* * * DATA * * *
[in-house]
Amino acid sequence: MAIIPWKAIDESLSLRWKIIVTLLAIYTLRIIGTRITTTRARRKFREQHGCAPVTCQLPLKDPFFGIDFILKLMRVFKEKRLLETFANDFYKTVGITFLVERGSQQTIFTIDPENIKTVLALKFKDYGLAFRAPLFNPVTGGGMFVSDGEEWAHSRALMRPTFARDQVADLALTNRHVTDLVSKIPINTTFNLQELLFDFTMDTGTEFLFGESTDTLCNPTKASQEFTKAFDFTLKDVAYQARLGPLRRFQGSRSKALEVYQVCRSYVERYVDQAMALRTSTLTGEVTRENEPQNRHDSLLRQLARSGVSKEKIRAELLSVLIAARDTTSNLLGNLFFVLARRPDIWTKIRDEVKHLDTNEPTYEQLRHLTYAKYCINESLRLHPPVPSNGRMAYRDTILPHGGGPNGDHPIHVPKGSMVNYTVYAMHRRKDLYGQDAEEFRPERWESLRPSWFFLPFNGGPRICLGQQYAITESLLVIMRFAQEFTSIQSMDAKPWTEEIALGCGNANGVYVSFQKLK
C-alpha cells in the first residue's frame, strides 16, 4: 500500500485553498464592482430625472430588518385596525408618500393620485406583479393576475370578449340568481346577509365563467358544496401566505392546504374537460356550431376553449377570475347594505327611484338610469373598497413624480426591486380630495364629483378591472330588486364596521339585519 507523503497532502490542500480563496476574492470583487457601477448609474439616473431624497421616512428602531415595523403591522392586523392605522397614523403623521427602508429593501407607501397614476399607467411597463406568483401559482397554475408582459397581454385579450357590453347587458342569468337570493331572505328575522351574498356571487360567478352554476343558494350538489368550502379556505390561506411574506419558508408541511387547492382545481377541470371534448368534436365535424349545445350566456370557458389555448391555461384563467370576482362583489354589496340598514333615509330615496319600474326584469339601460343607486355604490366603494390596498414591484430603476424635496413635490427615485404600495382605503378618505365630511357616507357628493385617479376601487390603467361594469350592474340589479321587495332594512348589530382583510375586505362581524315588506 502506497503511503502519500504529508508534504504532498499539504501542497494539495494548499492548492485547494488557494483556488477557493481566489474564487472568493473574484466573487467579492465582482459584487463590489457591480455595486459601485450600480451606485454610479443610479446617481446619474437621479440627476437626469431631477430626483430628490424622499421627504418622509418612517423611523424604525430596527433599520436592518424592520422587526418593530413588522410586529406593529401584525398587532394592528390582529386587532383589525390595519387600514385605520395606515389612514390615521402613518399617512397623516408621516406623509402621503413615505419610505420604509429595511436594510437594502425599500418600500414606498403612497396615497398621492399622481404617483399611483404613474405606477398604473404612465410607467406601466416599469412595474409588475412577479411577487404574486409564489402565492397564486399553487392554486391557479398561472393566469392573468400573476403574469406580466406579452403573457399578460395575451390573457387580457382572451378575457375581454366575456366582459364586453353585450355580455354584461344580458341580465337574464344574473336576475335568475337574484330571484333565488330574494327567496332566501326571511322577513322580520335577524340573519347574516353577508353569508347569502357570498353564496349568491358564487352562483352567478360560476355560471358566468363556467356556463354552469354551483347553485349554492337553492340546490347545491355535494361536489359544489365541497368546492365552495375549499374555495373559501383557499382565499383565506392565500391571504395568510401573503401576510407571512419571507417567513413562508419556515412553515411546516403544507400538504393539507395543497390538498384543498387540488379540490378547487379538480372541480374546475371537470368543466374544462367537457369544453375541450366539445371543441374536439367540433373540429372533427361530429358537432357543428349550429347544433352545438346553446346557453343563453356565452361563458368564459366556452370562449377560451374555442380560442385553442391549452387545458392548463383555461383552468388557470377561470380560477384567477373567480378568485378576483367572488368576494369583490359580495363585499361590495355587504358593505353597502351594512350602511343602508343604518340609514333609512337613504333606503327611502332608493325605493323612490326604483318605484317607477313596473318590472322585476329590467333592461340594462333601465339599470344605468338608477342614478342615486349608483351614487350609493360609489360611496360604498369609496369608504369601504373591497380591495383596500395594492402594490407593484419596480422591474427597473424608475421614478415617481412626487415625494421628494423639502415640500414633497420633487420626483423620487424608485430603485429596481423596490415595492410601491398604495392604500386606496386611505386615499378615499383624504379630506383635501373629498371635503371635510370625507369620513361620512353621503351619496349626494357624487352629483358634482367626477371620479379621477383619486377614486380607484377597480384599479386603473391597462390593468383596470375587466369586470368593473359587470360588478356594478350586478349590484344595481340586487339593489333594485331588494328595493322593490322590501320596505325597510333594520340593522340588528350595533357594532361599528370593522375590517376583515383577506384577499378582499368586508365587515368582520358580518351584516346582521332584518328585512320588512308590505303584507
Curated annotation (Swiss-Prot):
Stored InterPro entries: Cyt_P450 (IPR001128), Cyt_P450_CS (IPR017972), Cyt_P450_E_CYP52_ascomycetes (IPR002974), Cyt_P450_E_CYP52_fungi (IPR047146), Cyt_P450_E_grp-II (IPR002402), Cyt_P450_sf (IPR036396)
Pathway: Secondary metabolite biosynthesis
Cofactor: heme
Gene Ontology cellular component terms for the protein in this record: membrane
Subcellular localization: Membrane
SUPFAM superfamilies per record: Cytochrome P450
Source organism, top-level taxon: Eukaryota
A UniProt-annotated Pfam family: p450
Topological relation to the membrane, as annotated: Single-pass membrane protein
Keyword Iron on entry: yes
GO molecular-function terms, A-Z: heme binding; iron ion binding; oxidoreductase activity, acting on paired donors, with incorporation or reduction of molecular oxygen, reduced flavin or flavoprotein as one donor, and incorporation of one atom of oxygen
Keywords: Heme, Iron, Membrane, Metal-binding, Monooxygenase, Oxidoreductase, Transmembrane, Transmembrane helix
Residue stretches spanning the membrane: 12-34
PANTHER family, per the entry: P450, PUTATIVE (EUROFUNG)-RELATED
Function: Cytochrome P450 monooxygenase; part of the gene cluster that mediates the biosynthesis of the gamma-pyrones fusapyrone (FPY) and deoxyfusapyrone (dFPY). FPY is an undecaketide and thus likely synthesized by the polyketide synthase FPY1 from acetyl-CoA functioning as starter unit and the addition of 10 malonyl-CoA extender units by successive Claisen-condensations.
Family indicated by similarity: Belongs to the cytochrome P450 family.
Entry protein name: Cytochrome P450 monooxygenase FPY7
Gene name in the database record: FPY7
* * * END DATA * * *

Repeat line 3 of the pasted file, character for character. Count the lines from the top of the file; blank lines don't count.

C-alpha cells in the first residue's frame, strides 16, 4: 500500500485553498464592482430625472430588518385596525408618500393620485406583479393576475370578449340568481346577509365563467358544496401566505392546504374537460356550431376553449377570475347594505327611484338610469373598497413624480426591486380630495364629483378591472330588486364596521339585519 507523503497532502490542500480563496476574492470583487457601477448609474439616473431624497421616512428602531415595523403591522392586523392605522397614523403623521427602508429593501407607501397614476399607467411597463406568483401559482397554475408582459397581454385579450357590453347587458342569468337570493331572505328575522351574498356571487360567478352554476343558494350538489368550502379556505390561506411574506419558508408541511387547492382545481377541470371534448368534436365535424349545445350566456370557458389555448391555461384563467370576482362583489354589496340598514333615509330615496319600474326584469339601460343607486355604490366603494390596498414591484430603476424635496413635490427615485404600495382605503378618505365630511357616507357628493385617479376601487390603467361594469350592474340589479321587495332594512348589530382583510375586505362581524315588506 502506497503511503502519500504529508508534504504532498499539504501542497494539495494548499492548492485547494488557494483556488477557493481566489474564487472568493473574484466573487467579492465582482459584487463590489457591480455595486459601485450600480451606485454610479443610479446617481446619474437621479440627476437626469431631477430626483430628490424622499421627504418622509418612517423611523424604525430596527433599520436592518424592520422587526418593530413588522410586529406593529401584525398587532394592528390582529386587532383589525390595519387600514385605520395606515389612514390615521402613518399617512397623516408621516406623509402621503413615505419610505420604509429595511436594510437594502425599500418600500414606498403612497396615497398621492399622481404617483399611483404613474405606477398604473404612465410607467406601466416599469412595474409588475412577479411577487404574486409564489402565492397564486399553487392554486391557479398561472393566469392573468400573476403574469406580466406579452403573457399578460395575451390573457387580457382572451378575457375581454366575456366582459364586453353585450355580455354584461344580458341580465337574464344574473336576475335568475337574484330571484333565488330574494327567496332566501326571511322577513322580520335577524340573519347574516353577508353569508347569502357570498353564496349568491358564487352562483352567478360560476355560471358566468363556467356556463354552469354551483347553485349554492337553492340546490347545491355535494361536489359544489365541497368546492365552495375549499374555495373559501383557499382565499383565506392565500391571504395568510401573503401576510407571512419571507417567513413562508419556515412553515411546516403544507400538504393539507395543497390538498384543498387540488379540490378547487379538480372541480374546475371537470368543466374544462367537457369544453375541450366539445371543441374536439367540433373540429372533427361530429358537432357543428349550429347544433352545438346553446346557453343563453356565452361563458368564459366556452370562449377560451374555442380560442385553442391549452387545458392548463383555461383552468388557470377561470380560477384567477373567480378568485378576483367572488368576494369583490359580495363585499361590495355587504358593505353597502351594512350602511343602508343604518340609514333609512337613504333606503327611502332608493325605493323612490326604483318605484317607477313596473318590472322585476329590467333592461340594462333601465339599470344605468338608477342614478342615486349608483351614487350609493360609489360611496360604498369609496369608504369601504373591497380591495383596500395594492402594490407593484419596480422591474427597473424608475421614478415617481412626487415625494421628494423639502415640500414633497420633487420626483423620487424608485430603485429596481423596490415595492410601491398604495392604500386606496386611505386615499378615499383624504379630506383635501373629498371635503371635510370625507369620513361620512353621503351619496349626494357624487352629483358634482367626477371620479379621477383619486377614486380607484377597480384599479386603473391597462390593468383596470375587466369586470368593473359587470360588478356594478350586478349590484344595481340586487339593489333594485331588494328595493322593490322590501320596505325597510333594520340593522340588528350595533357594532361599528370593522375590517376583515383577506384577499378582499368586508365587515368582520358580518351584516346582521332584518328585512320588512308590505303584507